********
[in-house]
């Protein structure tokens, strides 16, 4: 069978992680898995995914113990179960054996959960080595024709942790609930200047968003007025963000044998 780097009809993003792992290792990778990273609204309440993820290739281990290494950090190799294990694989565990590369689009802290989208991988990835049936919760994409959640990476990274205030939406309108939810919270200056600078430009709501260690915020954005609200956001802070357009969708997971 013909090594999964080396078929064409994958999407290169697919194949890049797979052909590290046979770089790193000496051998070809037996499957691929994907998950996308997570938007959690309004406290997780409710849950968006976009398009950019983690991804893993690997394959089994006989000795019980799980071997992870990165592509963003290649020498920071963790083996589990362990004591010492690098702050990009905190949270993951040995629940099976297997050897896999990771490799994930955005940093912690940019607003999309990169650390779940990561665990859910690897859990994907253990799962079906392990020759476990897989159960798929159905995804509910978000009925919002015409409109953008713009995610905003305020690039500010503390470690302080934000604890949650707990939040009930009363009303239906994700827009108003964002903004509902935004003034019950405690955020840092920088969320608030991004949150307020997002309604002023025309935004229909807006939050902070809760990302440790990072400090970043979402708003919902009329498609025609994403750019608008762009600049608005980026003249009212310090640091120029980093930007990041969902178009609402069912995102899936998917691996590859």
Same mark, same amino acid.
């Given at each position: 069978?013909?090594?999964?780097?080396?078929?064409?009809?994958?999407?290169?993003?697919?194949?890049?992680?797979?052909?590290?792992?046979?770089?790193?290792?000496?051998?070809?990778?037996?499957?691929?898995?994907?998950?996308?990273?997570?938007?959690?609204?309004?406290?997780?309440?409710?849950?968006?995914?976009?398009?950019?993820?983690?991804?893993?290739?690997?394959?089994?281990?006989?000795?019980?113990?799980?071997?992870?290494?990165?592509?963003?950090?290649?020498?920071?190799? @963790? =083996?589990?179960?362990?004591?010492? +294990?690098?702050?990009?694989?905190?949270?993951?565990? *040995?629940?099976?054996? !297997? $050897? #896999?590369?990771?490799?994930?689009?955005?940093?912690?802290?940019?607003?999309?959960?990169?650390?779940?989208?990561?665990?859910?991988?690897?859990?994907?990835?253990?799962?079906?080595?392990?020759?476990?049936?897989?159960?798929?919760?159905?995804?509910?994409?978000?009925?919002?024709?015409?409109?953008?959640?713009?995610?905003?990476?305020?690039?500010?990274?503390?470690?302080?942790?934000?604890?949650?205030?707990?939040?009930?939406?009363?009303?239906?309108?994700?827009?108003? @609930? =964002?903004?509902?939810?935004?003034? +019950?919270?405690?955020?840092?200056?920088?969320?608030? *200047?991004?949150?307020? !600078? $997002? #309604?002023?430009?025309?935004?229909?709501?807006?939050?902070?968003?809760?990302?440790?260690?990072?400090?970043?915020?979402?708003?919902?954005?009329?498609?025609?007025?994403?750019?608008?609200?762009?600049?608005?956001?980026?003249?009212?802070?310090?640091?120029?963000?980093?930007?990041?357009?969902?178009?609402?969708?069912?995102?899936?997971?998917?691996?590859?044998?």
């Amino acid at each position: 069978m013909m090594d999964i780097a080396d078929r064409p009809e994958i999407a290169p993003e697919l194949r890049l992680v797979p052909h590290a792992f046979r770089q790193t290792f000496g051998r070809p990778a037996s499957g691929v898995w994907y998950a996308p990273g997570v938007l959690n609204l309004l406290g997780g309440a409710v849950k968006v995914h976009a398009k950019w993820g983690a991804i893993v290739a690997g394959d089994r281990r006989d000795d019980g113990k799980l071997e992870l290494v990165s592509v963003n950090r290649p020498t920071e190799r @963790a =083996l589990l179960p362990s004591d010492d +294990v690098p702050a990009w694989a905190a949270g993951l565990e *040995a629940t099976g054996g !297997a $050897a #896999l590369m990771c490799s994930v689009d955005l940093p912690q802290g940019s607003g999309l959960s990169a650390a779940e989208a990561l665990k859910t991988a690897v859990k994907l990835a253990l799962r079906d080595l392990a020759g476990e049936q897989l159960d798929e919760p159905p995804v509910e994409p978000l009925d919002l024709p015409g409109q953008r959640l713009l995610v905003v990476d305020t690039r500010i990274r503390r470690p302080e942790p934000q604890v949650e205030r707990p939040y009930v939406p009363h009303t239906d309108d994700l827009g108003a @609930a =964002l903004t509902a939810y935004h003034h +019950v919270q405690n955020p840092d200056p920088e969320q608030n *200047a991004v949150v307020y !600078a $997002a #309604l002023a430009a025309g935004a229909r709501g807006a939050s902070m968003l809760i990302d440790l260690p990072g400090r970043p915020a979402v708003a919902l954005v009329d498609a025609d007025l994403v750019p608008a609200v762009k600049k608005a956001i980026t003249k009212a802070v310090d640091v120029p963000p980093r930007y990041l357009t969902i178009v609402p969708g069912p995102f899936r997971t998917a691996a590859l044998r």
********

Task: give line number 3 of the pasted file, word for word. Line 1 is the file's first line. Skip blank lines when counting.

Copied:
Same mark, same amino acid.